Expanding our business to new countries is one of the highlights of my work with TELUS International. As a global BPO, TELUS International has over 16,000 team members throughout North America, Central America, Asia and Europe.
The customer of 2015 demands 24/7/365 support and expects it anytime, anywhere and from any device. This generation of shoppers simply wants service their way. They expect companies to solve problems quickly and they expect to enjoy themselves while they are doing it. The days of waiting patiently in line are long gone.
This year the magic of the TELUS Day of Giving reached Bulgaria on August 30 and Romania on September 27. Over 500 TELUS International Europe team members from our Bulgarian sites came together to support the Louis Braille School for visually impaired children in Sofia, and over 300 team member from our Romanian sites supported the “Pinocchio” Center for Social Services in Bucharest.
The world is globalizing at a remarkable rate. For the companies selling goods and services overseas this without doubt a positive, represented in billions of extra revenue coming from overseas markets, also presents a significant challenge: how to communicate with consumers who speak different languages, who operate in different time zones, and who have radically different cultures?
According to Media Bistro, over one million selfies are taken each day. And, as much as some people would like to blame Apple for starting the trend back in 2010 when it first introduced its front-facing iPhone camera (can self-portrait taking get any easier?), what we really need to do is figure out how to take advantage of the selfie phenomenon to better our relationships with customers.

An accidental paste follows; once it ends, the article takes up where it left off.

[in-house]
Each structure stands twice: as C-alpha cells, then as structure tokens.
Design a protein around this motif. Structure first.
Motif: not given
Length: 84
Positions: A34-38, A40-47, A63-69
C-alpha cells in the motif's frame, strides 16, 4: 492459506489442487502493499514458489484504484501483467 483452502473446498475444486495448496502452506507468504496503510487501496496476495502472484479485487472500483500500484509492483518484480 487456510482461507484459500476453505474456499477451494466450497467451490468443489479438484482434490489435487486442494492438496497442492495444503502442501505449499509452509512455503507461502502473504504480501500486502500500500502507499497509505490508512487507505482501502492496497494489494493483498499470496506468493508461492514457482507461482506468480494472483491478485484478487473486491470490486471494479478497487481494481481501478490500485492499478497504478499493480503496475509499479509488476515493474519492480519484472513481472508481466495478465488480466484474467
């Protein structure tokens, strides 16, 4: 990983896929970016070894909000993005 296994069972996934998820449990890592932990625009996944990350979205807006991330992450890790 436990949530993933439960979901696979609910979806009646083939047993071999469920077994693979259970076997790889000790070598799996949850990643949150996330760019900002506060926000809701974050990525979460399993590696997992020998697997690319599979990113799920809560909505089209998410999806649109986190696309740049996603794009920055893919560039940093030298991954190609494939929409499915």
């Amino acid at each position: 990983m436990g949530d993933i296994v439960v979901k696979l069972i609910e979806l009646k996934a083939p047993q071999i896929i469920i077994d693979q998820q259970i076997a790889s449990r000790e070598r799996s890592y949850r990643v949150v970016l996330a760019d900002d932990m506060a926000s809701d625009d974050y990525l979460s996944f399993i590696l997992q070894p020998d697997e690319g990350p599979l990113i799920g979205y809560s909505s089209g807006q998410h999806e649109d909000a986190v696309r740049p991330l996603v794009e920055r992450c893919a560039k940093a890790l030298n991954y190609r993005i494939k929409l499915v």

Few weeks ago I was asked by mycustomer.com to give my opinion on the topic how to decide which customer interactions should be self-service and which still require agent input? Even though at TELUS International Europe we don’t offer self-service solutions we try to keep up with the latest in customer care.
As summer approaches its end we at TELUS International Europe associate this time of the year with the opportunity to bring social change by giving back to our communities. Our TELUS Day of Giving in Europe is coming up in support of our “we give where we live” philosophy.
The contact center of 2014 is almost unrecognizable from the call center of 1984, 1994, and even 2004. The industry has definitely seen its fair share of change – and yet, within the next few years, we can expect even more change to come.